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Asian Tribune is published by World Institute For Asian Studies|Powered by WIAS Vol. 12 No. 2429

Winter Blues In Delhi

By Allabaksh - Syndicate Features

Even before the first wisp of the crisp early morning air hit Delhi’s autumn we were being warned that the capital would be facing its ‘worst’ winter with air pollution crossing all previous ‘danger’ levels.

The deadly cocktail of polluted air and smog is something that is not peculiar to Delhi or any other Indian city. Cities like Jakarta and Beijing have been among the frequent victims. The people in these cities are seen wearing protective masks; the luckier ones leave for safer habitats elsewhere. One important point: Jakarta has no winter; Beijing can be unbearably cold in winter.

The two options outlined above are not exercised in Delhi, almost as a rule. So used are the people to the hazards of winter pollution that they like to brazen it out; it is only in recent years that some have started raising their voices against air pollution, a result of awareness of environmental issues.

Still, it is an odd Delhi’ite who can be seen wearing a protective face cover in winter months, though of late it can be noticed that many young women like to move with their faces covered with a scarf. No, it is not necessarily a religious gear; more likely a fashion statement or, perhaps, a device to stay out of the gaze of the street Romeos.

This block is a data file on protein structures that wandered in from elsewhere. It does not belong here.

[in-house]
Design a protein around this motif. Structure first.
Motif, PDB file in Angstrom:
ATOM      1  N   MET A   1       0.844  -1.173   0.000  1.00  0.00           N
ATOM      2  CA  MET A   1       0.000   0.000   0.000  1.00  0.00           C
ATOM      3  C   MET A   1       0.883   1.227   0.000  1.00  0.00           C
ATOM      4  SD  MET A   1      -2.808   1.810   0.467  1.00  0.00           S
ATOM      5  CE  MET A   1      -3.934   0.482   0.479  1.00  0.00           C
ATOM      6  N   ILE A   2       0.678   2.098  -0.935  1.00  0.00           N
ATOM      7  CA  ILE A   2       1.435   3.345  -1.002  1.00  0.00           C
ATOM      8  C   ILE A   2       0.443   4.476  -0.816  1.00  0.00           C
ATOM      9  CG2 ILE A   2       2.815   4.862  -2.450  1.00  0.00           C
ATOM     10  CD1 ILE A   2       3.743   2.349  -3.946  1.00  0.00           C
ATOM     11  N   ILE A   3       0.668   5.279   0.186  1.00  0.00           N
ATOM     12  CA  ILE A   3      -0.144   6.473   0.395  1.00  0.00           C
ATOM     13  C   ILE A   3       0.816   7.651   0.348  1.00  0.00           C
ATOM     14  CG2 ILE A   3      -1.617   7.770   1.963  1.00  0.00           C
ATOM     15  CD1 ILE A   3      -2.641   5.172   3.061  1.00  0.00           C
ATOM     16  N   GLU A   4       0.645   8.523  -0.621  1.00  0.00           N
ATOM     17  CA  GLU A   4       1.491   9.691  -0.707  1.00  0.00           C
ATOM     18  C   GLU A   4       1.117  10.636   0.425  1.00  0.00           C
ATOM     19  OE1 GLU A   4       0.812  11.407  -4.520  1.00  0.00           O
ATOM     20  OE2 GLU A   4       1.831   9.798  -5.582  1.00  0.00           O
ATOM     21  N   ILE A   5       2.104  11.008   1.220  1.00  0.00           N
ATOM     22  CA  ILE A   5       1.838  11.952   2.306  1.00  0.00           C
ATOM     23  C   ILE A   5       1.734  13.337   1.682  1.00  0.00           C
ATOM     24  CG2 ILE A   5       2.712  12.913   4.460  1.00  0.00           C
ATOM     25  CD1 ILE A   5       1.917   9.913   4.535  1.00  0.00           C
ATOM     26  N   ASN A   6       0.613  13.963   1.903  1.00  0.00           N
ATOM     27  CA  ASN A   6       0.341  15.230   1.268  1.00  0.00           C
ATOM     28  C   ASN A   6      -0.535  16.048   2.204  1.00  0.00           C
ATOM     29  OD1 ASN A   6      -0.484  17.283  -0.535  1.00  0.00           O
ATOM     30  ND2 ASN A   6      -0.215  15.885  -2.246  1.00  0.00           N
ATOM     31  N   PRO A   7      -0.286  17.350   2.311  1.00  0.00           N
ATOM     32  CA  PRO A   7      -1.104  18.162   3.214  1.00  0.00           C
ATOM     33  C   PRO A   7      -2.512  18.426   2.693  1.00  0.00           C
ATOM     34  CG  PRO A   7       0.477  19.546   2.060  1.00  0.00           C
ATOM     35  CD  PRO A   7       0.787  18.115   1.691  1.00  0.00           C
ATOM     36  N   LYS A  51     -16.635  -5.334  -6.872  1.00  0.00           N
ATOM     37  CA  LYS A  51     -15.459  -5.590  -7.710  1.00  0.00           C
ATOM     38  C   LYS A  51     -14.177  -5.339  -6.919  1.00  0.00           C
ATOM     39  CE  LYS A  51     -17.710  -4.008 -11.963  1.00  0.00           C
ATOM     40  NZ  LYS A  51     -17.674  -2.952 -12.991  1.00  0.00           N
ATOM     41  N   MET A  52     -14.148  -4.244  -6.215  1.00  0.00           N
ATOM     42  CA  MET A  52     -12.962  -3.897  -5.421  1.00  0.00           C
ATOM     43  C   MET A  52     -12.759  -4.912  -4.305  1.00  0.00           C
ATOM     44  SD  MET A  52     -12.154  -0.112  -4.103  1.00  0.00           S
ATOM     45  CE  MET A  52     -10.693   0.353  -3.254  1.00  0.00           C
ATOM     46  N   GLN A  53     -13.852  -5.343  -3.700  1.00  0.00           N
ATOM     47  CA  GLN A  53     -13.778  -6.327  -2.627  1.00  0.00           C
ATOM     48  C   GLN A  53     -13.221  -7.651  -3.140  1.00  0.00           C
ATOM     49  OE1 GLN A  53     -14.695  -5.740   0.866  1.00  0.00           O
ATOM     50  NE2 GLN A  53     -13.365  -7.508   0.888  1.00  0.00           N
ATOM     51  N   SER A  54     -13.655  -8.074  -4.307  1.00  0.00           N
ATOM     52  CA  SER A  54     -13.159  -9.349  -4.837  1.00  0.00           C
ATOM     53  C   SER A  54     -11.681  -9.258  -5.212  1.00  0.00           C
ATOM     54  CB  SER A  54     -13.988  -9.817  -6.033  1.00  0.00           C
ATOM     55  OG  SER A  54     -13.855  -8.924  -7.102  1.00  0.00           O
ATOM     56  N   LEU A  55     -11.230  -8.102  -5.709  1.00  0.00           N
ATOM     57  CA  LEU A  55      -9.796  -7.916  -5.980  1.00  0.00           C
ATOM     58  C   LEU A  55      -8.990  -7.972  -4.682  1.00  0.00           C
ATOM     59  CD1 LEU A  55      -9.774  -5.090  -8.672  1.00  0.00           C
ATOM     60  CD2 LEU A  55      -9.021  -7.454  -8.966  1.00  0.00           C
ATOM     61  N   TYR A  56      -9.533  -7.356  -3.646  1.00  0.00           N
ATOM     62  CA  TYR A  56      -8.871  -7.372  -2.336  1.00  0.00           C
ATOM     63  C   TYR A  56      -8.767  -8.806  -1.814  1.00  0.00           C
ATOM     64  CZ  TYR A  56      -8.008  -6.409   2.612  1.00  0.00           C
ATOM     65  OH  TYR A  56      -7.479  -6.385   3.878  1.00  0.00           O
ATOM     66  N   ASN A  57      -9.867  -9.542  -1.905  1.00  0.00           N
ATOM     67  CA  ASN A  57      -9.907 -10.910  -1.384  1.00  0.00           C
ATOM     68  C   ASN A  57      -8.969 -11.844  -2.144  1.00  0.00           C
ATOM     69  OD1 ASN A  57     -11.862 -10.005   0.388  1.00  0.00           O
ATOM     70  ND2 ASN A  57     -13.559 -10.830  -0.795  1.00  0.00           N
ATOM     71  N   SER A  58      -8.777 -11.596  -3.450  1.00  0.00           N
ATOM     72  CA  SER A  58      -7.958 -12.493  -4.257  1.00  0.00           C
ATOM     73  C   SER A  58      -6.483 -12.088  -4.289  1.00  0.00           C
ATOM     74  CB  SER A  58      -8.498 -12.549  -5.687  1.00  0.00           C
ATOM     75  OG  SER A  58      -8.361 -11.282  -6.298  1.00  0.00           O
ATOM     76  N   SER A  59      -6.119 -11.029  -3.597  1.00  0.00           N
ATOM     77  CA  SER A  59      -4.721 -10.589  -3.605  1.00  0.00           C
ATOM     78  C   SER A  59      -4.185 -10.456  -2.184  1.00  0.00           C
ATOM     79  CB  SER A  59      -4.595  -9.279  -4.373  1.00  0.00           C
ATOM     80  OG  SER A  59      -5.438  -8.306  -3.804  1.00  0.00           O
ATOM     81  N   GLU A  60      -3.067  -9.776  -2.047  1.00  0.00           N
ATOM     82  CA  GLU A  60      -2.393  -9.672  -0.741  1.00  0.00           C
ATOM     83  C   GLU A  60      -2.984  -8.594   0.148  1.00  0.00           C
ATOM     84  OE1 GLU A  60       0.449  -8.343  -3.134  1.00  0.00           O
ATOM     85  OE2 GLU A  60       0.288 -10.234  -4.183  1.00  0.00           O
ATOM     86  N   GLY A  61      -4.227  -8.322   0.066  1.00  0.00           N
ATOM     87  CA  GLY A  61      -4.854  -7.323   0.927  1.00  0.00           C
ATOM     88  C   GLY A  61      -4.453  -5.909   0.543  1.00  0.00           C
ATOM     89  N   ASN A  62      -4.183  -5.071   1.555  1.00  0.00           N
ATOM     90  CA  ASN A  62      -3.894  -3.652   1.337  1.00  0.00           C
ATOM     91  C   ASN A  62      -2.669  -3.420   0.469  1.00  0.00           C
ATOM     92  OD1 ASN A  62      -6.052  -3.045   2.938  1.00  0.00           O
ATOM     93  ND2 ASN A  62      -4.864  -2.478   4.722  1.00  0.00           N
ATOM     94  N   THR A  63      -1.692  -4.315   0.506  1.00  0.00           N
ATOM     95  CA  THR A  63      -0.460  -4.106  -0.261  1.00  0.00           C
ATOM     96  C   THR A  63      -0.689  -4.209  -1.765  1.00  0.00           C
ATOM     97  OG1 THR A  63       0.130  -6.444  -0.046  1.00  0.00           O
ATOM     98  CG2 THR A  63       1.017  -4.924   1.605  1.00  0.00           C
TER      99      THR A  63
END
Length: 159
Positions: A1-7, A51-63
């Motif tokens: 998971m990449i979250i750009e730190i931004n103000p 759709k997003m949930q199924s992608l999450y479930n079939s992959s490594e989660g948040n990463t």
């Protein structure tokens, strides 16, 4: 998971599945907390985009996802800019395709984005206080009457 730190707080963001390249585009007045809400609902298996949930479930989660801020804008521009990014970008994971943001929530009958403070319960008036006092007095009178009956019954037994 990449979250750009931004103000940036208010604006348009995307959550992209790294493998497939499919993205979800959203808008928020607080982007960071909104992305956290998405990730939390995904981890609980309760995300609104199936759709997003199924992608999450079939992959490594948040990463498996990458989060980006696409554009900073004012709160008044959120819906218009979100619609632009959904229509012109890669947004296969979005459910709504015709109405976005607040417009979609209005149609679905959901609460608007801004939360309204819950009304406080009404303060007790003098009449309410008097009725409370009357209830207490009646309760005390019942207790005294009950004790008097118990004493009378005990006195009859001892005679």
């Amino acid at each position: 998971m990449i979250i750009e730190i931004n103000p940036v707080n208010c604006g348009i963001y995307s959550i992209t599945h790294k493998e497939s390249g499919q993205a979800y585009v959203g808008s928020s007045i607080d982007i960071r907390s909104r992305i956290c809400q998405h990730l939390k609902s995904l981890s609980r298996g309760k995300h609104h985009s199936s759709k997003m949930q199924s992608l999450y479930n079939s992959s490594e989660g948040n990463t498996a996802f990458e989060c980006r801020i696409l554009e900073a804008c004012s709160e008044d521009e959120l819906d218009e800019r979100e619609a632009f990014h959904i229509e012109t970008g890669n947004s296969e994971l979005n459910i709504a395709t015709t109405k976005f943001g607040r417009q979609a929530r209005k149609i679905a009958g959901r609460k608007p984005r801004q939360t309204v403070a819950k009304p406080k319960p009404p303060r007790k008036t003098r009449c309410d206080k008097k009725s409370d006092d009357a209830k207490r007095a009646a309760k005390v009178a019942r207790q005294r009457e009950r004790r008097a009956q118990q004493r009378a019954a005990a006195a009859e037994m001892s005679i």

The people of Delhi may outwardly look indifferent towards any form of pollution (water included), but the reality is different. They cannot fight this hazard alone; their individual efforts can, at best, bring down the pollution levels. But not entirely; or even to the acceptable levels.

The two major sources of air pollution in Delhi are emissions from motor vehicles and the smoke from burnt leaves and similar other material. Perhaps factories, authorized or otherwise, also make a contribution. The question is how can emissions from vehicles be controlled? By checking their pollution level? Yes, but with upward of half a million vehicles plying on Delhi roads daily it might not be a job easily undertaken, especially when a large number of these vehicles enter from other states and the police force has to keep our ‘VIP culture’ intact.

A compulsion to carry the so-called pollution check certificate will work only on paper. How do you assure checking of all the vehicles on the roads on a given day? Not to forget the fact that reports have appeared that pollution check is no guarantee that the vehicle is actually free of any pollution.

The government of Delhi has come out with a solution of its own. It has decided that a tiny part of Delhi will be declared ‘car free’ for a day every month. The pollution on the road where this ban is applied will certainly fall steeply. But it is not clear if it will clean the air over the whole of Delhi, which should be the intention of any step taken to rid the capital of air (and other) pollution.

Experts never tire of saying that the number of cars on the roads can be brought down by improving the public transport system and also with the help of better and more scientific road engineering. This refrain itself is becoming tiresome because the bus service in Delhi has always been known to fall well below the expectations of the commuters.